Richard Kew is as thoughtful a priest as you can get, with the added bonus that he has deep knowledge of both TEC and the C of E, having worked for many years in the former, and grown up in the latter, to which he has recently returned to work. His whole post, sparked by reading Oliver O' Donovan's recent book, A Conversation Waiting to Begin: The churches and the gay controversy (London: SCM Press, 2009), and discovering that one of his 'nearest and dearest' is actively gay, is worth reading. I give just a few paragraphs here:
"Rather than pontificating, he graciously nudges us to look at issue within the context of the changed realities with which we live in an evolving culture. Each relatively short chapter asks us to come at the topic using tools of ethical and theological scholarship, Scripture, hermeneutics, and measuring these against the substantial doctrines of creation and redemption. Sometimes he speaks overtly about being logical and reasonable in our quest, but on almost every page he is whispering this as if between the lines.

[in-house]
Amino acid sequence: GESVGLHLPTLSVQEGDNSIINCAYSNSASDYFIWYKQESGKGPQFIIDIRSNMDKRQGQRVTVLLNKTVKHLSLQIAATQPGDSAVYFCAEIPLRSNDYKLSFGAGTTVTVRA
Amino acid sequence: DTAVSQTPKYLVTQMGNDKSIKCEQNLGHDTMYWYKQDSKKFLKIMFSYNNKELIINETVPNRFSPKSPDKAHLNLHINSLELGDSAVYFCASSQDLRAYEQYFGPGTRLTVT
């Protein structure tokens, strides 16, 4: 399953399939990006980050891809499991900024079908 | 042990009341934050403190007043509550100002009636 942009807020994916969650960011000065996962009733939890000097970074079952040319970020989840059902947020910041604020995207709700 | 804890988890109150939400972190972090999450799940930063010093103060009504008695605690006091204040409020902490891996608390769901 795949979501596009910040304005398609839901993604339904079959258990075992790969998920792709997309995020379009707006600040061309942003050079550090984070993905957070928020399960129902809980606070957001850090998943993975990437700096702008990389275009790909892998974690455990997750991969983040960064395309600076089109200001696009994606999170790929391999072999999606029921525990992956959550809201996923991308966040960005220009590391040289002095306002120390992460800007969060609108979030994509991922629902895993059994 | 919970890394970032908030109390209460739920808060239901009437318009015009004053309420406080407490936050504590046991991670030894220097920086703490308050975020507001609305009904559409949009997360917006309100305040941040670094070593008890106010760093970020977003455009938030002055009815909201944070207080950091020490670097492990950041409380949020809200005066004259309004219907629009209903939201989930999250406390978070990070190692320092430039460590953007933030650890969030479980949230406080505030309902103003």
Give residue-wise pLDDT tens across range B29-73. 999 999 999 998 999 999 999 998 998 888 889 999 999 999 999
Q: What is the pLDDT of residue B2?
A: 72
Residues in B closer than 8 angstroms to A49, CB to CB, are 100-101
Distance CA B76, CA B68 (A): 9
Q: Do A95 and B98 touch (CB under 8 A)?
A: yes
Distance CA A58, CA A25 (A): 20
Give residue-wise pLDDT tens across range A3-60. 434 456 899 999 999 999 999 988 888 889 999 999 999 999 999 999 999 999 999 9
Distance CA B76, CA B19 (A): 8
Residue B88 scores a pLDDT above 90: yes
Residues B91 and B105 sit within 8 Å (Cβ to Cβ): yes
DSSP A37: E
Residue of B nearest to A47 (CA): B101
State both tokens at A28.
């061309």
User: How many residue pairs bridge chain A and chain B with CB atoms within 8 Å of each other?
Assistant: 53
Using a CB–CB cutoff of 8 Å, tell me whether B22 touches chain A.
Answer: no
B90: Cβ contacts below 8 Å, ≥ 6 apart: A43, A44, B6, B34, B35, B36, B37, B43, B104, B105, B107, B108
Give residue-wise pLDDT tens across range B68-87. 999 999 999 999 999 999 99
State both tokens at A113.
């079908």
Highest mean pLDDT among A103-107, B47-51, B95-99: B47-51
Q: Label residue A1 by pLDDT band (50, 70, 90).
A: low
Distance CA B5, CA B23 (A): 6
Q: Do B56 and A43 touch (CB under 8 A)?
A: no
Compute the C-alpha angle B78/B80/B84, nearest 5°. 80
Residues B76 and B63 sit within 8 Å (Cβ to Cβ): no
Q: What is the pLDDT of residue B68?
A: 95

Why is it, he asks, that this one little thing has proved so explosive and divisive? Well, comes back the answer, it depends what you mean by 'one little thing?' How little actually is this? In the fourth century the church as it went through the exercise of creed-making seemed to be riven over one little iota, but in reality that discussion was about a great deal more because at stake was affirming a truthful understanding of the nature of God or one that is idolatrous. Are we, he asks, in a similar situation here?
While never exactly giving a definitive answer to such a question, by leading us along a number of different pathways as we approach the topic he leaves us nodding and saying, "Yes, there is an enormous amount at stake here of which differing understandings of human sexuality are merely the trigger."
Part of what is being said is that we have probably not given as much attention as we should to the changing social climate of the world in which we now live. Certainly since the nineteenth century, and especially within Anglicanism, there has existed a 'liberalism' that has modulated disagreement and enabled diversity to exist within the context of a generous unity. This underlying liberalism has been able to step back, untangle the skein, reconcile conflicting views, tone down exaggerated positions, forge coalitions, square circles, and in the process find a commonsense way through (page 5)."
Richard Kew does not do hermeneutics per se here as he reflects, but he leads us into the nuances of the contexts of society and church in which we seek to do hermeneutics. Worth a look.
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